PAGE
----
Well, we're trying to put in mechanisms, disease surveillance mechanisms, very nimble mechanisms, so we can try and track disease trends, pick up indications of disease outbreaks, put in disease control mechanisms, trying to increase access to clean water and sanitation. Very, very, very difficult across almost 200 of these settings.

Trying to scale up the vaccinations now. Vaccinations stopped, of course, since the start of the war and getting the message out to people as well about steps they can do to protect themselves and protect their families. But, you're right, the risks of disease outbreaks is very great.

FOSTER: Is this something Israel really needs to consider? As you say, these diseases can jump borders, they're not aware of borders. Is Israel creating a situation where effectively a disease incubator is being created in Gaza and could easily spread to Israel?

BRENNAN: Well, that's true. I mean, we'd be particularly concerned about diarrheal disease outbreaks spreading. So, and some of these people, patients are moving from Gaza into Egypt and so on. This is a concern that we have to address at the border crossings. This is something we always do with population movements. We try to put in the surveillance and control measures.

But our biggest concern right now, of course, is for the people affected right now in Gaza at the moment, innocent women and children caught up in this horror. And they're suffering unnecessarily. There's a lot we can do if we get the ceasefire, if we get the unhindered access to those in need, if we can protect the infrastructure, such as the hospitals and the collective centers. And of course, we're also advocating for the release of the hostages. And while they are in captivity, they get access to decent healthcare as well.

FOSTER: OK, Richard Brennan, I really appreciate your time joining us from the World Health Organization.

Ukrainian troops put up a stiff fight meanwhile to make sure they're not encircled by Russians. We'll have the latest on the grueling battle for the town of Avdiivka.

Now, we're also going to tell you what CNN has learned about who could be called to testify at Donald Trump's trial for mishandling classified documents. That story ahead.




FOSTER: Ukraine says its troops are holding the line in the key eastern city in the face of Russian attempts to encircle them. Officials say Ukrainians repelled seven new attacks on Avdiivka on Thursday. Russia has been trying to lay siege to the city for more than a month in a possible attempt to turn the tide of the war.

Further south, Ukraine says one person was killed on its balcony in artillery attacks on the city of Kherson. Two other people were wounded on Thursday when Russia reportedly hit apartment buildings and other civilian targets.

A non-profit group is trying to help Ukrainian children deal with the psychological trauma from the war. On Thursday, it opened a new center in western Ukraine for children who moved there from frontline areas in the east and the south. The non-profit called Ukraine Children's Action Project says about five million children from those regions are displaced because of the fighting. And many of them are now dealing with serious psychological effects of what they saw in the war zone.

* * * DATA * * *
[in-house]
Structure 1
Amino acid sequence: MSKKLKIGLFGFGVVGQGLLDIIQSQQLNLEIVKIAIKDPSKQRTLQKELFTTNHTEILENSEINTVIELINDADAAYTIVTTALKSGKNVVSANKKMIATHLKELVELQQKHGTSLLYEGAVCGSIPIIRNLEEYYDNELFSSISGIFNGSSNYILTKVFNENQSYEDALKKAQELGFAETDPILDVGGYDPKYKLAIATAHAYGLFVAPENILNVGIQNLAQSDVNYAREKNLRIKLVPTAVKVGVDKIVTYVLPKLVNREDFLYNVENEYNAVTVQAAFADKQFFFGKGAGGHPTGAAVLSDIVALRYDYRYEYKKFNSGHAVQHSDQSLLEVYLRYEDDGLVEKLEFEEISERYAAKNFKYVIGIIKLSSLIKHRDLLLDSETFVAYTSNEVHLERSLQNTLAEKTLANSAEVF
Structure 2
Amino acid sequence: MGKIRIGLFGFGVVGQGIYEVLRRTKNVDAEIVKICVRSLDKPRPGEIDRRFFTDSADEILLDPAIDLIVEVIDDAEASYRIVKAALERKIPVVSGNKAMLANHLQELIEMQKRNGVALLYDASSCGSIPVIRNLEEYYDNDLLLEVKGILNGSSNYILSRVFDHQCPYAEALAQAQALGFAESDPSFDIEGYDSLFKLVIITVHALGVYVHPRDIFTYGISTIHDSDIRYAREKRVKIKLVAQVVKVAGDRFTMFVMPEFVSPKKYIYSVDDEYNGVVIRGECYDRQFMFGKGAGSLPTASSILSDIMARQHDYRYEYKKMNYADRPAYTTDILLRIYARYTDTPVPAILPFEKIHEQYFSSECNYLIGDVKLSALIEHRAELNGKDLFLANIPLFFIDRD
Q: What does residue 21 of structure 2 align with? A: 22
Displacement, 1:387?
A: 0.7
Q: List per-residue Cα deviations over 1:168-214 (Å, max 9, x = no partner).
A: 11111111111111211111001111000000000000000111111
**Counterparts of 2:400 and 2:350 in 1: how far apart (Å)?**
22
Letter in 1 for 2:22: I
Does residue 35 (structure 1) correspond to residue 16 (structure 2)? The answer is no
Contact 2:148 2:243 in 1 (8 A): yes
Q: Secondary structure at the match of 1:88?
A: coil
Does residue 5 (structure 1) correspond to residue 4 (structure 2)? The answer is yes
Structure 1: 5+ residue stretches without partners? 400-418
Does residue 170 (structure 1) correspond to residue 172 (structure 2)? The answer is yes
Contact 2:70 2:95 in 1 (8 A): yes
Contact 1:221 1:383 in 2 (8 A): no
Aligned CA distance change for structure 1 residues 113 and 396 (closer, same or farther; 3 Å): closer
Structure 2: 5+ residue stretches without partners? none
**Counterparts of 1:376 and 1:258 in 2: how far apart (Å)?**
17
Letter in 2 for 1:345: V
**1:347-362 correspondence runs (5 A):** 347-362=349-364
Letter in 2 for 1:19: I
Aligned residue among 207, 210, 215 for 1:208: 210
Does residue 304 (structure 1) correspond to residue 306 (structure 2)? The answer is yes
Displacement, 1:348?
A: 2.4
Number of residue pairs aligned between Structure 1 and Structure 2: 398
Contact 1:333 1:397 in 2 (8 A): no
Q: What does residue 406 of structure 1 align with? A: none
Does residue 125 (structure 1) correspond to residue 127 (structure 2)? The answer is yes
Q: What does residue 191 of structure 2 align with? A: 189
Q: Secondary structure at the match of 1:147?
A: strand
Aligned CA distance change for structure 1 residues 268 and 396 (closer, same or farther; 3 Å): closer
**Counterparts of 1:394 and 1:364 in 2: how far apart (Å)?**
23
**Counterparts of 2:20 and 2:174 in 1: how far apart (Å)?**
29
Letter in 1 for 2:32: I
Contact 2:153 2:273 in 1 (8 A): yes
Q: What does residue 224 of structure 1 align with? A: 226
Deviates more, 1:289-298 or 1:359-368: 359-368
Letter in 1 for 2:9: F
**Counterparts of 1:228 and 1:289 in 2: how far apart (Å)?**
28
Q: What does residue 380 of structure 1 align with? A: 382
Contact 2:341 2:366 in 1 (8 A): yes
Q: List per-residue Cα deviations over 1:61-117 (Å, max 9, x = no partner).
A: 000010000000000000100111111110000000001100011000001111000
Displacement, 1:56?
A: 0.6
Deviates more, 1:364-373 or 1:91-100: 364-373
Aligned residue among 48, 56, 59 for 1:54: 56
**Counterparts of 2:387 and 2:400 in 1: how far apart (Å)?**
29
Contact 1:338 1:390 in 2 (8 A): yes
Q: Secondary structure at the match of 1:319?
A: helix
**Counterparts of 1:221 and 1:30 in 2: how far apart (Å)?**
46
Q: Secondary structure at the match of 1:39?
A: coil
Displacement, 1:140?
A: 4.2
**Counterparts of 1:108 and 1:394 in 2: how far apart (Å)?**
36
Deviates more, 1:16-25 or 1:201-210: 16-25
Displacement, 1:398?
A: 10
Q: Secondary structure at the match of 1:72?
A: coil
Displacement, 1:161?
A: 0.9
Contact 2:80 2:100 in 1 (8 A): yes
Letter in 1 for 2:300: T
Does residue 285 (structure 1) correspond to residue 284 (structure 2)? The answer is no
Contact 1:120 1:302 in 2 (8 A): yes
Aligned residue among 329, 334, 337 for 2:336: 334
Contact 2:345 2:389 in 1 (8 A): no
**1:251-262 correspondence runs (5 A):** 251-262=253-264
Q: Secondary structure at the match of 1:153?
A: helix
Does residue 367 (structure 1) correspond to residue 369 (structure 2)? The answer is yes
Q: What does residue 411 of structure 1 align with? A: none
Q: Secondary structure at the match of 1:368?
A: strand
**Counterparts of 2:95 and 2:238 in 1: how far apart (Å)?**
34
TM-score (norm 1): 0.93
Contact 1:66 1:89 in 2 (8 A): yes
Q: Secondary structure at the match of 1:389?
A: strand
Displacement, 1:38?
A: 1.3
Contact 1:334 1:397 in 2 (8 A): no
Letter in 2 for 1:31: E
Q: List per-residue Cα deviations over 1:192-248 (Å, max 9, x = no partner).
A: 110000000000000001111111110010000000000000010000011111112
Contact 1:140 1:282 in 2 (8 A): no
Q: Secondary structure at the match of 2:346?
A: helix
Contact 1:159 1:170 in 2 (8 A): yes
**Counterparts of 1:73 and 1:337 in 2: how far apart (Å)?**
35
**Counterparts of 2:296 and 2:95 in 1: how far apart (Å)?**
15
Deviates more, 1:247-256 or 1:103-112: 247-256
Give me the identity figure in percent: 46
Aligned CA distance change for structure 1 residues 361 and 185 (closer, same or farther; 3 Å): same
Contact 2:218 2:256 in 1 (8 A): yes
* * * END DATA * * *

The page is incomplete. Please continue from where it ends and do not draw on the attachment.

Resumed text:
In the last hour, a co-founder of that non-profit spoke with CNN's Michael Holmes. He asked Dr. Irwin Redlener whether the war in Israel is taking attention away from what people in Ukraine are facing.


DR. IRWIN REDLENER, CO-FOUNDER, UKRAINE CHILDREN'S ACTION PROJECT: We're actually very, very worried about it. And that is even exacerbated by the fact that the world's attention is very distractible and there are crises all over the world and especially what's happening in the Middle East. That said, we have about two- thirds of the Ukrainian child population that since the beginning of the war have been displaced. About half of them outside the country is refugees, and another half of them are in Western, relatively safer parts of the country to avoid the direct impact of the battlefields.

But on the other hand, too, we know, Michael, that children are also being exposed to bombing and missiles and other terrifying events that are affecting how they're feeling and what their attitude is about the future. But, you know, I should say the Ukrainian children are phenomenally resilient, as are their whole families. And this is people that don't know Ukraine would be, I think, really surprised at the courage, the resiliency and so on.

But there are kids now that are not just psychologically traumatized, but many of them have had their education severely disrupted. I mean, schools in Ukraine were closed for almost two years from the pandemic before the war started.

Now we have another two years of interrupted education for many of the kids. And Ukraine and the countries that they're going to as refugees are doing a lot to help them deal with school. But there's going to be a tremendous need to remediate education.

MICHAEL HOLMES, CNN ANCHOR: Huge amount of need. Now, you've already done a lot of work in Ukraine, a variety of programs since the Russian invasion, but your organization is now setting up this new support center. What essentially is its mission?